In a recent interview in Time Out New York, Lena Dunham told her Girls co-producer Jenni Konner that she’d been moved to speak out against Woody Allen by the moral courage of her longtime mentor Judd Apatow. According to Dunham, the powerful Hollywood director was “one of the first people ever to speak out against Woody Allen.” But, uh—did he?

Here’s the relevant part of that interview, published earlier this month:

Konner: We’ve chatted about this plenty, but I thought we could talk for a second about the Bill Cosby controversy. One thing that I kind of wanted to talk about was how incredible Judd [Apatow]’s been during it—he’s our partner—the way he’s been one of the lone voices, and certainly one of the lone male voices coming out against Cosby.

Dunham: The lone voice, the lone male voice, the fact that Judd is such a comedy fan. Like Judd’s whole DNA is a commitment to other comedians. You know, Judd was also one of the first people ever to speak out against Woody Allen. Before any of this happened, he was like, Sorry, Woody Allen marrying his daughter is creepy and it’s stopped me from liking his movies. Judd—he’s not moralistic, but he has a strong sense of morality, especially as a father of daughters. He is the most deeply appropriate male I have ever engaged with.

One problem with Dunham’s account: We couldn’t find any evidence that Apatow has ever spoken out against Woody Allen, for any reason.

It is true, as Konner mentions, that Apatow has publicly condemned Bill Cosby, who stands accused of sexual assault by over two dozen women. But there is no similar record of Apatow publicly condemning Woody Allen, who stands accused of child molestation by his adopted daughter Dylan Farrow.

It would have been impressive—and courageous—for a comic director of Apatow’s notoriety to loudly and publicly distance himself from Allen, so we checked out his past statements using Google, Nexis, and so on. All we managed to turn up were a handful of positive tweets—here he calls Blue Jasmine an “amazing film”—and interviews like this 2010 conversation with Vulture, in which Apatow declared his love for Allen:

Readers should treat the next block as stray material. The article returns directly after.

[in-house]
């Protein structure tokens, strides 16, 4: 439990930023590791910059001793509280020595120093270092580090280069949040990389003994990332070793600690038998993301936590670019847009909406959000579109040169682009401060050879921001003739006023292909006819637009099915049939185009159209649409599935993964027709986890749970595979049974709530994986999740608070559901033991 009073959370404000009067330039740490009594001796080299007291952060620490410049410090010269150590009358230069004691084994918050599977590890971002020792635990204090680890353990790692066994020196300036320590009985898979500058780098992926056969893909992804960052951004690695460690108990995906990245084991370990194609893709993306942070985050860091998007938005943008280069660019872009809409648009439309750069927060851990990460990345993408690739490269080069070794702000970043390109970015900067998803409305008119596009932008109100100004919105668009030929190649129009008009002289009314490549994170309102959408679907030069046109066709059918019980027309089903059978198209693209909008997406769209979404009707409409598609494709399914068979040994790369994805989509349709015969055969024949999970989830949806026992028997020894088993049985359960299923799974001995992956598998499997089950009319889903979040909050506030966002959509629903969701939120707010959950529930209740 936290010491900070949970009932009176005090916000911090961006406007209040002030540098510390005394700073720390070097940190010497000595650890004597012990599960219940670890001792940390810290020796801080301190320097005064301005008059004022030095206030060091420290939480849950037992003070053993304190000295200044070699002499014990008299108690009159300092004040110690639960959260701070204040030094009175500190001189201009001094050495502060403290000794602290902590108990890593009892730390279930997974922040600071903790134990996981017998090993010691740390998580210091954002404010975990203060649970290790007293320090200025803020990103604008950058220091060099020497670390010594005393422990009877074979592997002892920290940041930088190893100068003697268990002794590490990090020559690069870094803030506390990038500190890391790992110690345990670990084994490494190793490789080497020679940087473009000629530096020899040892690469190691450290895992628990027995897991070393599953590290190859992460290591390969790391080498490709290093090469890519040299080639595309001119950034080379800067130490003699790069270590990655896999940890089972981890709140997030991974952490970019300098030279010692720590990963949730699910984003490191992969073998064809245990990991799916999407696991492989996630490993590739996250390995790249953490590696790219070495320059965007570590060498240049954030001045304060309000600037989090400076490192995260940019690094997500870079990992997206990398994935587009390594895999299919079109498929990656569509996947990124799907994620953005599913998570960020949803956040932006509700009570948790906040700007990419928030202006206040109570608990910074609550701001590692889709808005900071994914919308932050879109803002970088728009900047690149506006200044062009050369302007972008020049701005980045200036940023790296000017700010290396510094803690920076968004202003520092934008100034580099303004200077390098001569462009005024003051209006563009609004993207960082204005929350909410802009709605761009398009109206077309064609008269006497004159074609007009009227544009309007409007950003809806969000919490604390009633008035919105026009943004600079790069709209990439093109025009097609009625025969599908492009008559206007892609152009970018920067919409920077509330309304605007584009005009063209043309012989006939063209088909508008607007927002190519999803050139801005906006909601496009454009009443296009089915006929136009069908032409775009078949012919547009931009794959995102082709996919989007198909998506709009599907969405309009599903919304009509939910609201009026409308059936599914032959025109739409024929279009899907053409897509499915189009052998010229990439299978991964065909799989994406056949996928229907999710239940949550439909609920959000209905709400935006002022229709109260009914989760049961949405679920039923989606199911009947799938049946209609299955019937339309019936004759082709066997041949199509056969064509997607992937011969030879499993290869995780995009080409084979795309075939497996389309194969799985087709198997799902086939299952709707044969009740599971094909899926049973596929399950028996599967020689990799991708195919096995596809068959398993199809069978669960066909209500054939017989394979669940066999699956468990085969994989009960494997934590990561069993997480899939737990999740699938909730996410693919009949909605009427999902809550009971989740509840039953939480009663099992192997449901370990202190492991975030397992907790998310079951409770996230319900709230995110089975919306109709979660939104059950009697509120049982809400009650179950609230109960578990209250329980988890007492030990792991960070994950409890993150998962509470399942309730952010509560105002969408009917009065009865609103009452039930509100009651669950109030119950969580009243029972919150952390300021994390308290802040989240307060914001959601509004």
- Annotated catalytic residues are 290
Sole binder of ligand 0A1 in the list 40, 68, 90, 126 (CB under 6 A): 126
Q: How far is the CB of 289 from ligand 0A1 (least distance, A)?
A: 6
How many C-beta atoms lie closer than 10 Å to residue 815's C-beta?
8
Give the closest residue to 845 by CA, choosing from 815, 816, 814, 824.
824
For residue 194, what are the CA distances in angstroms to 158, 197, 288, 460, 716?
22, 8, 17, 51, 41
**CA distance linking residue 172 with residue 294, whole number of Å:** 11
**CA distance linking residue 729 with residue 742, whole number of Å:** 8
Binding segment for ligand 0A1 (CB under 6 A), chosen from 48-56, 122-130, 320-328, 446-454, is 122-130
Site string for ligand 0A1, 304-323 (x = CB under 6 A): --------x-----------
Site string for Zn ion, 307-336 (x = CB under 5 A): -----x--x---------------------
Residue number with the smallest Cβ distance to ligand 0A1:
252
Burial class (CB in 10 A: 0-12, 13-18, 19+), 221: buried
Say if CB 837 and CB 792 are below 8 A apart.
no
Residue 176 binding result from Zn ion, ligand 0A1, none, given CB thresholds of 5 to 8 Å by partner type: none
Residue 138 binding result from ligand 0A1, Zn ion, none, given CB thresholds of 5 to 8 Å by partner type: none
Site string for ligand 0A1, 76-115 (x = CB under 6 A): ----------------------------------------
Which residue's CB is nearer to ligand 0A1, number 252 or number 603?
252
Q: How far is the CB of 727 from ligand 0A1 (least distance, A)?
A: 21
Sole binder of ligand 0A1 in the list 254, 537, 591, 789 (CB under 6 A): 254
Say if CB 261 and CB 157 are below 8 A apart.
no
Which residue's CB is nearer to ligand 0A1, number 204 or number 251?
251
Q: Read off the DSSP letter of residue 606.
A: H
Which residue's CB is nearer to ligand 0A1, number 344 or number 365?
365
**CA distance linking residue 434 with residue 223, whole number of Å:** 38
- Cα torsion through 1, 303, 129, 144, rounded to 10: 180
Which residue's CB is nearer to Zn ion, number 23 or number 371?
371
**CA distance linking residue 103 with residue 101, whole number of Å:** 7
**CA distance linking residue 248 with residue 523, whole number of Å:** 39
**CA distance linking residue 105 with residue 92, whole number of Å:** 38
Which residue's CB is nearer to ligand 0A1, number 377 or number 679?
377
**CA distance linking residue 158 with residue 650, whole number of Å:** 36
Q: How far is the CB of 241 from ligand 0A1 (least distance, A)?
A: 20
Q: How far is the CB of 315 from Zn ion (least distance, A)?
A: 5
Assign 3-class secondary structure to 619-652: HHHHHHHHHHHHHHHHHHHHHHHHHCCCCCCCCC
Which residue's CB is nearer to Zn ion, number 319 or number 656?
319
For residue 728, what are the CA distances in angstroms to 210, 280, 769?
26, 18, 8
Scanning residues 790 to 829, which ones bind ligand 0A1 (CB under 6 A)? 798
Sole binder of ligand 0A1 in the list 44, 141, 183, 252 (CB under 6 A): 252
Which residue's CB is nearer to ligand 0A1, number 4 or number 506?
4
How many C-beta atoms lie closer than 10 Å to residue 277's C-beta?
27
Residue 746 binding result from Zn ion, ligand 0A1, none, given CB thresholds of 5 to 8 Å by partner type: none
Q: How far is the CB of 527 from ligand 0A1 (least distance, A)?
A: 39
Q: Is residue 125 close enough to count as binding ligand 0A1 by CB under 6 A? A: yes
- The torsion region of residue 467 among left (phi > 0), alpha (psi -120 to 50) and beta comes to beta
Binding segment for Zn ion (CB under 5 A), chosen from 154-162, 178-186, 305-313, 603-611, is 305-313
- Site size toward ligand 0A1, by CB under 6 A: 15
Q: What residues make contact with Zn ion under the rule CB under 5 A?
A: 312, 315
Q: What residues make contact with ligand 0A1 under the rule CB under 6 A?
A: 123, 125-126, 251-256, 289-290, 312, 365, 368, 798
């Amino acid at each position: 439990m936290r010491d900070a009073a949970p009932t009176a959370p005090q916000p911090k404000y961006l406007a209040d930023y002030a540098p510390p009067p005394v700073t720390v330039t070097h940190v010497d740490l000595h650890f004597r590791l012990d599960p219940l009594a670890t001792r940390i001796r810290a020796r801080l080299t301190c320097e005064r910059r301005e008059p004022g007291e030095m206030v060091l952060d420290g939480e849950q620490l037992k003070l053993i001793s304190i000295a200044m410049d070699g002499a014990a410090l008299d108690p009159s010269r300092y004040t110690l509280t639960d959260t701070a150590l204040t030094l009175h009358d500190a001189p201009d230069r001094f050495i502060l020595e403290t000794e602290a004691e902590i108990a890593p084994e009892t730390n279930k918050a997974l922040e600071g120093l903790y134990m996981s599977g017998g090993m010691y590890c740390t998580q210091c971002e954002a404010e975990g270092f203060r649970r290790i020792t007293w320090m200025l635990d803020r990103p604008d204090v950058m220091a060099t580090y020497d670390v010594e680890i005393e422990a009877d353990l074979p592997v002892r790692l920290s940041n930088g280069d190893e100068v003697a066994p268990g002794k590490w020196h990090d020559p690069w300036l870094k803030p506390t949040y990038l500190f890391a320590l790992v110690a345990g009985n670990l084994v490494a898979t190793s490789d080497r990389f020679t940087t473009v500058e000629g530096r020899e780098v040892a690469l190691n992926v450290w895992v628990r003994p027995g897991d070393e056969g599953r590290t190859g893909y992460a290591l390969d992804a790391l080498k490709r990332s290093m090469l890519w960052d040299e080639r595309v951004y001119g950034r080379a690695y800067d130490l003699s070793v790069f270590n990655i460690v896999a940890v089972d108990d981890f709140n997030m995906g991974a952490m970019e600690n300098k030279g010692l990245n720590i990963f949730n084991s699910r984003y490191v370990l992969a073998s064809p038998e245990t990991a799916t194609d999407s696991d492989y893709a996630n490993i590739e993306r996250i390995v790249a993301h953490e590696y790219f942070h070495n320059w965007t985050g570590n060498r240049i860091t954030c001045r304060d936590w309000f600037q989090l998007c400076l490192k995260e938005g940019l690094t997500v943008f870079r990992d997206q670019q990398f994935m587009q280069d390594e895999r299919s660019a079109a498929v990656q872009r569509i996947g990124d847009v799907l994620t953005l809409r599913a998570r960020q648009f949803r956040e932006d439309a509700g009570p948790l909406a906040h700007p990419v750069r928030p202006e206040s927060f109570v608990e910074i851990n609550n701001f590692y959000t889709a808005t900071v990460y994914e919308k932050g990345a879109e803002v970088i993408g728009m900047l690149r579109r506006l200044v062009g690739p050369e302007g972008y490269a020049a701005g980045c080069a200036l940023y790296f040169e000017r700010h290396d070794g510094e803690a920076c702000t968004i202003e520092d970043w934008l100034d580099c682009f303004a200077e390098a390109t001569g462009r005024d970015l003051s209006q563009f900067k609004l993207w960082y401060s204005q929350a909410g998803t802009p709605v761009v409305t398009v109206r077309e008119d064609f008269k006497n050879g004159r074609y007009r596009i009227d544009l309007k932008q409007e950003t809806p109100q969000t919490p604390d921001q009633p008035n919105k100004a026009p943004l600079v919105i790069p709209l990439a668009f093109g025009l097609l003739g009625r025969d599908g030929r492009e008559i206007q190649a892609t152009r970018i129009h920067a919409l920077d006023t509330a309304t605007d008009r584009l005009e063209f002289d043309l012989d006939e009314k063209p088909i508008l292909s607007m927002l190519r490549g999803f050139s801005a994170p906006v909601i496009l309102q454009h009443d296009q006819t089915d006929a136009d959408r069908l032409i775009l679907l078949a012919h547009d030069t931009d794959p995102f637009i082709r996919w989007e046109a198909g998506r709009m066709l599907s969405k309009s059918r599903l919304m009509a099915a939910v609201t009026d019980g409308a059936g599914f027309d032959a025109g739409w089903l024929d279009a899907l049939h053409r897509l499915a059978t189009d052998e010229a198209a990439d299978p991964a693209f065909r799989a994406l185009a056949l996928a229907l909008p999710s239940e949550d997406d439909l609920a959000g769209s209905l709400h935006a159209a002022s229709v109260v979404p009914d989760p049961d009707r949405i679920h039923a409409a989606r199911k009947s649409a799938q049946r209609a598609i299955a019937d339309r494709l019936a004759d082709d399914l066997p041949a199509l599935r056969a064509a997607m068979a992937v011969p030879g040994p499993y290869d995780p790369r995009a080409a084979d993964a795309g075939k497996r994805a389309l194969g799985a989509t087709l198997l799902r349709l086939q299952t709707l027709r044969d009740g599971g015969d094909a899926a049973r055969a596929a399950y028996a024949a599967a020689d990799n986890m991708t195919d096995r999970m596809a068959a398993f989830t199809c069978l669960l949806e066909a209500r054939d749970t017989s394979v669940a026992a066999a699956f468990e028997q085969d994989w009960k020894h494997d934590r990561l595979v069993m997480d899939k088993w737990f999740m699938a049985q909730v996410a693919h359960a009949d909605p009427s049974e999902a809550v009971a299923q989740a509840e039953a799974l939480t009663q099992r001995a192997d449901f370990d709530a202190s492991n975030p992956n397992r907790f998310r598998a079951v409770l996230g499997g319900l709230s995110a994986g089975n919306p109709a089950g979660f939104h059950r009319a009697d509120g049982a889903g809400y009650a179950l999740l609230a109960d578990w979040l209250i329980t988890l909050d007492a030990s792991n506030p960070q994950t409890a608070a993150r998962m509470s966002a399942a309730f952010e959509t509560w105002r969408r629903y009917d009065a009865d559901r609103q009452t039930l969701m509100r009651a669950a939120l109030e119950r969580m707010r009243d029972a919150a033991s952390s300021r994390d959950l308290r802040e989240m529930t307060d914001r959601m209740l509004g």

I’m such a fan of Woody Allen that I don’t even reference him as someone I was influenced by because it’s just so deep in me. When the VCR was invented, the first movie we owned was Annie Hall and the second one we owned was Manhattan. And I watched all of his movies so many times, hundreds of times, that it’s beyond discussing as an influence, it’s just in me. ...

As much as I love Woody Allen, I wish he would tell me that things are going to be okay at some point. But I don’t think he's going to.

(In the same interview, he even compared Lena Dunham’s Tiny Furniture to a Woody Allen film: “It did in an odd way remind me of Manhattan, even though the subject matter’s completely different. There’s an aspect to her personality that echoed that.”)

We emailed Dunham and Apatow’s reps to see if they knew where Dunham had gotten the idea that Apatow was an early critic of Allen. Apatow’s publicist Matt Labov didn’t respond, and Dunham’s spokeswoman told us the actress “can’t remember the outlet” where Apatow denounced Allen.

So if you’ve seen Judd Apatow express his “strong sense of morality” with a condemnation of Woody Allen marrying his partner’s adopted daughter*, let us know. Otherwise Lena Dunham and Judd Apatow are due for a talk about the director.

Update: Two tipsters pointed us to a 2010 episode of Marc Maron’s WTF Podcast during which Apatow discusses Woody Allen. The harshest thing he says about the director is: “Maybe after I read the Mia Farrow book, I got a little creeped out, and my incredible worship and affection got dented.” He does not “speak out” against Allen or otherwise suggest the director’s creepiness has “stopped me from liking his movies.”

* Correction: This post was updated to clarify that Woody Allen’s wife, Soon-Yi Previn, is not Allen’s stepdaughter (or, as Dunham suggests, his daughter). In fact, Previn is the adopted daughter of Allen’s former partner, Mia Farrow, who separated from the director in 1992 after learning about his relationship with Previn. Thank you to the readers who pointed this out.

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